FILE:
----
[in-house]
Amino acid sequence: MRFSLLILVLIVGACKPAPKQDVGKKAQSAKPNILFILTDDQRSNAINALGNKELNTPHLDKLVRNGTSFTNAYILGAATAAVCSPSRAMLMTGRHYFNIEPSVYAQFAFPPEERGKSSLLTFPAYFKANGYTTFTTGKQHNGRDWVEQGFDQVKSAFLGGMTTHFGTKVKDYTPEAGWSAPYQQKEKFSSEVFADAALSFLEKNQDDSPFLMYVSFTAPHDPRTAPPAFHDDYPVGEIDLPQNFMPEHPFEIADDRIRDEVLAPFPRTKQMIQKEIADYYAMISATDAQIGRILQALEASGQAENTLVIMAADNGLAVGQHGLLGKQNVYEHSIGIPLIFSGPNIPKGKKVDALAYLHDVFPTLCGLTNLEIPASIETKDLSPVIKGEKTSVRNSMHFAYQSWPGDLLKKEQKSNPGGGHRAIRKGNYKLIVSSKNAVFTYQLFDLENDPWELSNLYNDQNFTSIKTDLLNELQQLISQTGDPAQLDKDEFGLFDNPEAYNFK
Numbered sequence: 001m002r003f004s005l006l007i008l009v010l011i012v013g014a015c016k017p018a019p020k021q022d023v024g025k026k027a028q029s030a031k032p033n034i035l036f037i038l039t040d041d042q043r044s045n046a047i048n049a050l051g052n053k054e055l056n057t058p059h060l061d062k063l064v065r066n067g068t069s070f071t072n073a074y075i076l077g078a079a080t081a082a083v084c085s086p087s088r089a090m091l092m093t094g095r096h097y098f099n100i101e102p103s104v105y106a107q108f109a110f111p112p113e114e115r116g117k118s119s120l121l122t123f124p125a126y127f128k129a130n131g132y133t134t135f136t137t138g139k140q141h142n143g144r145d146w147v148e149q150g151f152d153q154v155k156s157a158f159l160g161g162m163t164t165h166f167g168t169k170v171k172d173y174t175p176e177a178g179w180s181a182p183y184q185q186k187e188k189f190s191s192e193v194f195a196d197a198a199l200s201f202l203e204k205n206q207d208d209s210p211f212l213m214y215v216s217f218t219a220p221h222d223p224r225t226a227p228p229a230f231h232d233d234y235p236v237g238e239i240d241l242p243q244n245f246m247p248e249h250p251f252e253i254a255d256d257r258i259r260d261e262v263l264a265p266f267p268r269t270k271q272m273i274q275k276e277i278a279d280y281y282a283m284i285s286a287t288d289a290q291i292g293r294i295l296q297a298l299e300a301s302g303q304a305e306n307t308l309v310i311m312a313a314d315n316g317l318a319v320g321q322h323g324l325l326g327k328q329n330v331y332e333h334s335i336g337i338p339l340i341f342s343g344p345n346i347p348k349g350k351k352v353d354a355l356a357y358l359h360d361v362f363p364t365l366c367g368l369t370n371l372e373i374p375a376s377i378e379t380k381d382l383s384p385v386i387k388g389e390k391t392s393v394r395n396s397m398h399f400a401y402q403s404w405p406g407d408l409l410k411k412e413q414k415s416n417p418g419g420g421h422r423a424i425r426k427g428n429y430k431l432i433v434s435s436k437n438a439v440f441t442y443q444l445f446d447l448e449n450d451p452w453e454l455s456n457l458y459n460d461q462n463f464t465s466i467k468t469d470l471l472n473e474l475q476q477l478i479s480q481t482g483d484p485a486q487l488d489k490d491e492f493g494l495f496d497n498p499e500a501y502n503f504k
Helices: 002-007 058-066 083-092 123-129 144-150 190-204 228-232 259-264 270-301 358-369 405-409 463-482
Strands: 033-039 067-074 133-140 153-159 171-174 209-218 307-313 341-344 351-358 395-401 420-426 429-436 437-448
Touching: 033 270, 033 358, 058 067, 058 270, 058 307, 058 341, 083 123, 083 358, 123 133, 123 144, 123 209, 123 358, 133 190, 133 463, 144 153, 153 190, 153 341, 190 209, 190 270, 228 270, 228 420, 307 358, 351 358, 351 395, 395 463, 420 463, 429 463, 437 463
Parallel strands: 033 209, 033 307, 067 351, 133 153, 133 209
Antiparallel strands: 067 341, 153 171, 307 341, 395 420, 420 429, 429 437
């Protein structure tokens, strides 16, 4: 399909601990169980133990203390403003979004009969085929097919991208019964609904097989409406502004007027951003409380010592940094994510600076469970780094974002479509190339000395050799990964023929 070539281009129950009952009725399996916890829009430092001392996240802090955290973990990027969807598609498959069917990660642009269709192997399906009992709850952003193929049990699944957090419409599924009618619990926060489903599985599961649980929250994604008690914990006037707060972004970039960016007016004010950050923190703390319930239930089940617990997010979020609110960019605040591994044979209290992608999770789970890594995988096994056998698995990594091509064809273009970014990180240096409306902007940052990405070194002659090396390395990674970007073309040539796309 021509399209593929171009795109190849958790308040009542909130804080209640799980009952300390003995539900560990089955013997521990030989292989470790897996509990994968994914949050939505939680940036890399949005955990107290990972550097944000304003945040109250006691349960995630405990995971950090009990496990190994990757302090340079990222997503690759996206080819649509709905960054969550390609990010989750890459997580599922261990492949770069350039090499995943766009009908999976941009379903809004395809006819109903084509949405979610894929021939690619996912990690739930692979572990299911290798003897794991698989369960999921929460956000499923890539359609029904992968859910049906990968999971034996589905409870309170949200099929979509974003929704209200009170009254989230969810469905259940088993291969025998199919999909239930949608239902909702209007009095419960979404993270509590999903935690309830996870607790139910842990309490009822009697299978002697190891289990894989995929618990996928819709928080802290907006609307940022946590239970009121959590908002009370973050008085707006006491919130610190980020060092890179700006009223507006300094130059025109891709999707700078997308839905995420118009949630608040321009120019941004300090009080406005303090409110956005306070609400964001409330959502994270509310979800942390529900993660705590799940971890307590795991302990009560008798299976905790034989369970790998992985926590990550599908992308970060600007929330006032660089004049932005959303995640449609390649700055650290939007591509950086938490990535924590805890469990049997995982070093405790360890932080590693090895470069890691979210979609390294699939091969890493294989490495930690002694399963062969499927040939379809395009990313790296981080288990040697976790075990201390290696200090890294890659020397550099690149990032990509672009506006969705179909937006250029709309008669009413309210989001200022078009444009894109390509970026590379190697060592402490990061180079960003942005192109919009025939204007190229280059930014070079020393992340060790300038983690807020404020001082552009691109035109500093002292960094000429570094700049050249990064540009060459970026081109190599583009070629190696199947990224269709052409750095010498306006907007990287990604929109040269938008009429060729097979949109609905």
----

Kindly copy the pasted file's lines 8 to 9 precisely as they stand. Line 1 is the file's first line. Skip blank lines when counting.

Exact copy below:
Antiparallel strands: 067 341, 153 171, 307 341, 395 420, 420 429, 429 437
């Protein structure tokens, strides 16, 4: 399909601990169980133990203390403003979004009969085929097919991208019964609904097989409406502004007027951003409380010592940094994510600076469970780094974002479509190339000395050799990964023929 070539281009129950009952009725399996916890829009430092001392996240802090955290973990990027969807598609498959069917990660642009269709192997399906009992709850952003193929049990699944957090419409599924009618619990926060489903599985599961649980929250994604008690914990006037707060972004970039960016007016004010950050923190703390319930239930089940617990997010979020609110960019605040591994044979209290992608999770789970890594995988096994056998698995990594091509064809273009970014990180240096409306902007940052990405070194002659090396390395990674970007073309040539796309 021509399209593929171009795109190849958790308040009542909130804080209640799980009952300390003995539900560990089955013997521990030989292989470790897996509990994968994914949050939505939680940036890399949005955990107290990972550097944000304003945040109250006691349960995630405990995971950090009990496990190994990757302090340079990222997503690759996206080819649509709905960054969550390609990010989750890459997580599922261990492949770069350039090499995943766009009908999976941009379903809004395809006819109903084509949405979610894929021939690619996912990690739930692979572990299911290798003897794991698989369960999921929460956000499923890539359609029904992968859910049906990968999971034996589905409870309170949200099929979509974003929704209200009170009254989230969810469905259940088993291969025998199919999909239930949608239902909702209007009095419960979404993270509590999903935690309830996870607790139910842990309490009822009697299978002697190891289990894989995929618990996928819709928080802290907006609307940022946590239970009121959590908002009370973050008085707006006491919130610190980020060092890179700006009223507006300094130059025109891709999707700078997308839905995420118009949630608040321009120019941004300090009080406005303090409110956005306070609400964001409330959502994270509310979800942390529900993660705590799940971890307590795991302990009560008798299976905790034989369970790998992985926590990550599908992308970060600007929330006032660089004049932005959303995640449609390649700055650290939007591509950086938490990535924590805890469990049997995982070093405790360890932080590693090895470069890691979210979609390294699939091969890493294989490495930690002694399963062969499927040939379809395009990313790296981080288990040697976790075990201390290696200090890294890659020397550099690149990032990509672009506006969705179909937006250029709309008669009413309210989001200022078009444009894109390509970026590379190697060592402490990061180079960003942005192109919009025939204007190229280059930014070079020393992340060790300038983690807020404020001082552009691109035109500093002292960094000429570094700049050249990064540009060459970026081109190599583009070629190696199947990224269709052409750095010498306006907007990287990604929109040269938008009429060729097979949109609905």